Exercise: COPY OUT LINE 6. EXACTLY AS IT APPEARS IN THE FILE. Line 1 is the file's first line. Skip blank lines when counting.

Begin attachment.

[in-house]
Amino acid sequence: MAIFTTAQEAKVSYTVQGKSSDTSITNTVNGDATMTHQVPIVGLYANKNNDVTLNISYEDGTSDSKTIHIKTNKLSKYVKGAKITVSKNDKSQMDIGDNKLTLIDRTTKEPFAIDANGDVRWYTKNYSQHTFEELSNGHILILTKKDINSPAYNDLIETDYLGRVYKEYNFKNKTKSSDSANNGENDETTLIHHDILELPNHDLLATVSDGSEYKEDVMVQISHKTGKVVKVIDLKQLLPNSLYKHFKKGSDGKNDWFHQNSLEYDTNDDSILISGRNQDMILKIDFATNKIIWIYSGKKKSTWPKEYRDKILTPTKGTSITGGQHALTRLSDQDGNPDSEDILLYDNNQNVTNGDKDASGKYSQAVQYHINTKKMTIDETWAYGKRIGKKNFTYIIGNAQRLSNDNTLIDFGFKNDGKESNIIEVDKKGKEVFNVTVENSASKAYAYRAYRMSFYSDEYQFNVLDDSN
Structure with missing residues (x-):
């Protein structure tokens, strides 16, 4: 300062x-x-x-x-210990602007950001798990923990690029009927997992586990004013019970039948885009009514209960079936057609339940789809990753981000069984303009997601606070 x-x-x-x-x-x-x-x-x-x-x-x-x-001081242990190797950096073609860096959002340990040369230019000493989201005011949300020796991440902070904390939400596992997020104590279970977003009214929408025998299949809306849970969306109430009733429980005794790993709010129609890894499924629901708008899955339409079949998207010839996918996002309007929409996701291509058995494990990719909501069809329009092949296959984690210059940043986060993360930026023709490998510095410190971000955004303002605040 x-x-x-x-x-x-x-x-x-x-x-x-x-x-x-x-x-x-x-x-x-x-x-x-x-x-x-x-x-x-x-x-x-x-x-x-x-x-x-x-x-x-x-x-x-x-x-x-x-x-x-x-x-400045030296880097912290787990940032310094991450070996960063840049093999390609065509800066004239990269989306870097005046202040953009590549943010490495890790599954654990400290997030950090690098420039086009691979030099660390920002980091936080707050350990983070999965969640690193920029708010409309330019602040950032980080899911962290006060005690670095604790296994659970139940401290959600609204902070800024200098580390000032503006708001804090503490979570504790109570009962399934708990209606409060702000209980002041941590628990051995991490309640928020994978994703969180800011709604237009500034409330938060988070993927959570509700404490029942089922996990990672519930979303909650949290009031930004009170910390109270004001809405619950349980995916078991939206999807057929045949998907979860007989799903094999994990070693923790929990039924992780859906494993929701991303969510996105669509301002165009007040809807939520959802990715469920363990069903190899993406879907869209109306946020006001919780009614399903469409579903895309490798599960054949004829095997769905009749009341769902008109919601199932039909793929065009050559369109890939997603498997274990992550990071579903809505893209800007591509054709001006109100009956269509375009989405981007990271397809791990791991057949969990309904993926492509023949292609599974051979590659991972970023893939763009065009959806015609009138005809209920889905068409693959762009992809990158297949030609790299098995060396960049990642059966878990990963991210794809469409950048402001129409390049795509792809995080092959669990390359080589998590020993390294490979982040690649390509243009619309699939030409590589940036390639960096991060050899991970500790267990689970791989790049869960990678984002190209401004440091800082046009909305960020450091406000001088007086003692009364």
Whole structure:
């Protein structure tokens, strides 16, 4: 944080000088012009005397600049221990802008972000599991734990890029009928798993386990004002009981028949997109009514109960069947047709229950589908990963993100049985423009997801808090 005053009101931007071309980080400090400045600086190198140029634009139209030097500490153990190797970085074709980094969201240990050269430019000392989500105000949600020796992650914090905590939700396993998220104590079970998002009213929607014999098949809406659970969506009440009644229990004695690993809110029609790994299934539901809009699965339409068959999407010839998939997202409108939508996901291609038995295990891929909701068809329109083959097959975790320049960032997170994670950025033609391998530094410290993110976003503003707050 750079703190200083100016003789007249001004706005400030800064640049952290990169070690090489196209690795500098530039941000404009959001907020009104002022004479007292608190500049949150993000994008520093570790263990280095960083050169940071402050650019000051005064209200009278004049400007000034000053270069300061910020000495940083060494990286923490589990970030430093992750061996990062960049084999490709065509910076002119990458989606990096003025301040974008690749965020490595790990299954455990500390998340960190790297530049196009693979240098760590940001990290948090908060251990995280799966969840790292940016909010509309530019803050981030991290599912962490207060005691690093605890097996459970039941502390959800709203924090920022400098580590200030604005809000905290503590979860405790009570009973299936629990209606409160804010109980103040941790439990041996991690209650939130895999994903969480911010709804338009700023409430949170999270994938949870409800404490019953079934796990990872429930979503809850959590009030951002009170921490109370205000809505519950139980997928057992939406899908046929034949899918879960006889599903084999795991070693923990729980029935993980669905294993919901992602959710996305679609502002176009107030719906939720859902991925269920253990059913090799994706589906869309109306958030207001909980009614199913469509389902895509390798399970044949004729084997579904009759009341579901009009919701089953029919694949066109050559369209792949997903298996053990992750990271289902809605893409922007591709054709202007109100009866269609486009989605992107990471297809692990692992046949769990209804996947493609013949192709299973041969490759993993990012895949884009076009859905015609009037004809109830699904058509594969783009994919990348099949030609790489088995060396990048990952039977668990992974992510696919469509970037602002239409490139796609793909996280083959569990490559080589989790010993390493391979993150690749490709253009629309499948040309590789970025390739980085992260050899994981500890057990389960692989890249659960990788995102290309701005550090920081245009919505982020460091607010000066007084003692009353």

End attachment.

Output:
């Protein structure tokens, strides 16, 4: 944080000088012009005397600049221990802008972000599991734990890029009928798993386990004002009981028949997109009514109960069947047709229950589908990963993100049985423009997801808090 005053009101931007071309980080400090400045600086190198140029634009139209030097500490153990190797970085074709980094969201240990050269430019000392989500105000949600020796992650914090905590939700396993998220104590079970998002009213929607014999098949809406659970969506009440009644229990004695690993809110029609790994299934539901809009699965339409068959999407010839998939997202409108939508996901291609038995295990891929909701068809329109083959097959975790320049960032997170994670950025033609391998530094410290993110976003503003707050 750079703190200083100016003789007249001004706005400030800064640049952290990169070690090489196209690795500098530039941000404009959001907020009104002022004479007292608190500049949150993000994008520093570790263990280095960083050169940071402050650019000051005064209200009278004049400007000034000053270069300061910020000495940083060494990286923490589990970030430093992750061996990062960049084999490709065509910076002119990458989606990096003025301040974008690749965020490595790990299954455990500390998340960190790297530049196009693979240098760590940001990290948090908060251990995280799966969840790292940016909010509309530019803050981030991290599912962490207060005691690093605890097996459970039941502390959800709203924090920022400098580590200030604005809000905290503590979860405790009570009973299936629990209606409160804010109980103040941790439990041996991690209650939130895999994903969480911010709804338009700023409430949170999270994938949870409800404490019953079934796990990872429930979503809850959590009030951002009170921490109370205000809505519950139980997928057992939406899908046929034949899918879960006889599903084999795991070693923990729980029935993980669905294993919901992602959710996305679609502002176009107030719906939720859902991925269920253990059913090799994706589906869309109306958030207001909980009614199913469509389902895509390798399970044949004729084997579904009759009341579901009009919701089953029919694949066109050559369209792949997903298996053990992750990271289902809605893409922007591709054709202007109100009866269609486009989605992107990471297809692990692992046949769990209804996947493609013949192709299973041969490759993993990012895949884009076009859905015609009037004809109830699904058509594969783009994919990348099949030609790489088995060396990048990952039977668990992974992510696919469509970037602002239409490139796609793909996280083959569990490559080589989790010993390493391979993150690749490709253009629309499948040309590789970025390739980085992260050899994981500890057990389960692989890249659960990788995102290309701005550090920081245009919505982020460091607010000066007084003692009353």